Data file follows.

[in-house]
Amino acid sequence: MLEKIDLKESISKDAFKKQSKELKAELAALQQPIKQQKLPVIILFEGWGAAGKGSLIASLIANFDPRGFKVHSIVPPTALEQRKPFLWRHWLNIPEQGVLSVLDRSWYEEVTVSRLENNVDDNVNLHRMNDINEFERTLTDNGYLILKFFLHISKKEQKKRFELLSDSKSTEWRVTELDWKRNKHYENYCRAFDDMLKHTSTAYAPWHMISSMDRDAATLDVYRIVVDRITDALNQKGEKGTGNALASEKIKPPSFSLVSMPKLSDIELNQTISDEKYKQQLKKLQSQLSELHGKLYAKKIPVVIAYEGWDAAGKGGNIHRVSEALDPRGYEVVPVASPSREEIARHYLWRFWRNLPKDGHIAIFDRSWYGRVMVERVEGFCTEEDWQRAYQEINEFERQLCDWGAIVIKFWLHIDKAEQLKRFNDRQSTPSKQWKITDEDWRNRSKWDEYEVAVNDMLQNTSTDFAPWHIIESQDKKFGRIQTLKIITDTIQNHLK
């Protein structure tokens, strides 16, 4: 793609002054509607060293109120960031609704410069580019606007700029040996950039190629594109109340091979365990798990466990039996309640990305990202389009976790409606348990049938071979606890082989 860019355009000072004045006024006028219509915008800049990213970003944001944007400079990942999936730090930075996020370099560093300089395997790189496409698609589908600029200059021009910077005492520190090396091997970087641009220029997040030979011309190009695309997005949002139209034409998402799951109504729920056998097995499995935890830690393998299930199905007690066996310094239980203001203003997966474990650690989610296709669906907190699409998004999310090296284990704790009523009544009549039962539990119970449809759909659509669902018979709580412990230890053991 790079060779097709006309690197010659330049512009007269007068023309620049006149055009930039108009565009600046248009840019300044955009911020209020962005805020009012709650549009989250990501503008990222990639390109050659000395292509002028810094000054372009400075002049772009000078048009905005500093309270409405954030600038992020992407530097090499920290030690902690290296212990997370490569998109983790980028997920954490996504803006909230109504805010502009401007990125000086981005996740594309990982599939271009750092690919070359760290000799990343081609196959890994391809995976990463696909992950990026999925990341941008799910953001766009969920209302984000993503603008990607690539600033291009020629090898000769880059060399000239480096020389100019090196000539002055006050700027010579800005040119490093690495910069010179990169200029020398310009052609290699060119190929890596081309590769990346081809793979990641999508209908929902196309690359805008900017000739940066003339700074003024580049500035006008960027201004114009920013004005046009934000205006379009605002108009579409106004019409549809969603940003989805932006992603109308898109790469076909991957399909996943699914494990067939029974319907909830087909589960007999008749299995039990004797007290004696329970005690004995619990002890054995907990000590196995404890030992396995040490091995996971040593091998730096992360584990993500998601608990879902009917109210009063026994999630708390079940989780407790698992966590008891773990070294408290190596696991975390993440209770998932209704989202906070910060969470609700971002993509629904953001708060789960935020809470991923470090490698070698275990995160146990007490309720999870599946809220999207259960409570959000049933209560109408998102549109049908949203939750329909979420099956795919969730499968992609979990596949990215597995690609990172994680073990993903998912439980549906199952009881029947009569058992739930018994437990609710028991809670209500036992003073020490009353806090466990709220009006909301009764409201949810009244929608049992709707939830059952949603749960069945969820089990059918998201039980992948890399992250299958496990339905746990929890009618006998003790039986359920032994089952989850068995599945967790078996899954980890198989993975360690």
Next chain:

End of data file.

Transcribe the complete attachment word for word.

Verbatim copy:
[in-house]
Amino acid sequence: MLEKIDLKESISKDAFKKQSKELKAELAALQQPIKQQKLPVIILFEGWGAAGKGSLIASLIANFDPRGFKVHSIVPPTALEQRKPFLWRHWLNIPEQGVLSVLDRSWYEEVTVSRLENNVDDNVNLHRMNDINEFERTLTDNGYLILKFFLHISKKEQKKRFELLSDSKSTEWRVTELDWKRNKHYENYCRAFDDMLKHTSTAYAPWHMISSMDRDAATLDVYRIVVDRITDALNQKGEKGTGNALASEKIKPPSFSLVSMPKLSDIELNQTISDEKYKQQLKKLQSQLSELHGKLYAKKIPVVIAYEGWDAAGKGGNIHRVSEALDPRGYEVVPVASPSREEIARHYLWRFWRNLPKDGHIAIFDRSWYGRVMVERVEGFCTEEDWQRAYQEINEFERQLCDWGAIVIKFWLHIDKAEQLKRFNDRQSTPSKQWKITDEDWRNRSKWDEYEVAVNDMLQNTSTDFAPWHIIESQDKKFGRIQTLKIITDTIQNHLK
């Protein structure tokens, strides 16, 4: 793609002054509607060293109120960031609704410069580019606007700029040996950039190629594109109340091979365990798990466990039996309640990305990202389009976790409606348990049938071979606890082989 860019355009000072004045006024006028219509915008800049990213970003944001944007400079990942999936730090930075996020370099560093300089395997790189496409698609589908600029200059021009910077005492520190090396091997970087641009220029997040030979011309190009695309997005949002139209034409998402799951109504729920056998097995499995935890830690393998299930199905007690066996310094239980203001203003997966474990650690989610296709669906907190699409998004999310090296284990704790009523009544009549039962539990119970449809759909659509669902018979709580412990230890053991 790079060779097709006309690197010659330049512009007269007068023309620049006149055009930039108009565009600046248009840019300044955009911020209020962005805020009012709650549009989250990501503008990222990639390109050659000395292509002028810094000054372009400075002049772009000078048009905005500093309270409405954030600038992020992407530097090499920290030690902690290296212990997370490569998109983790980028997920954490996504803006909230109504805010502009401007990125000086981005996740594309990982599939271009750092690919070359760290000799990343081609196959890994391809995976990463696909992950990026999925990341941008799910953001766009969920209302984000993503603008990607690539600033291009020629090898000769880059060399000239480096020389100019090196000539002055006050700027010579800005040119490093690495910069010179990169200029020398310009052609290699060119190929890596081309590769990346081809793979990641999508209908929902196309690359805008900017000739940066003339700074003024580049500035006008960027201004114009920013004005046009934000205006379009605002108009579409106004019409549809969603940003989805932006992603109308898109790469076909991957399909996943699914494990067939029974319907909830087909589960007999008749299995039990004797007290004696329970005690004995619990002890054995907990000590196995404890030992396995040490091995996971040593091998730096992360584990993500998601608990879902009917109210009063026994999630708390079940989780407790698992966590008891773990070294408290190596696991975390993440209770998932209704989202906070910060969470609700971002993509629904953001708060789960935020809470991923470090490698070698275990995160146990007490309720999870599946809220999207259960409570959000049933209560109408998102549109049908949203939750329909979420099956795919969730499968992609979990596949990215597995690609990172994680073990993903998912439980549906199952009881029947009569058992739930018994437990609710028991809670209500036992003073020490009353806090466990709220009006909301009764409201949810009244929608049992709707939830059952949603749960069945969820089990059918998201039980992948890399992250299958496990339905746990929890009618006998003790039986359920032994089952989850068995599945967790078996899954980890198989993975360690």
Next chain: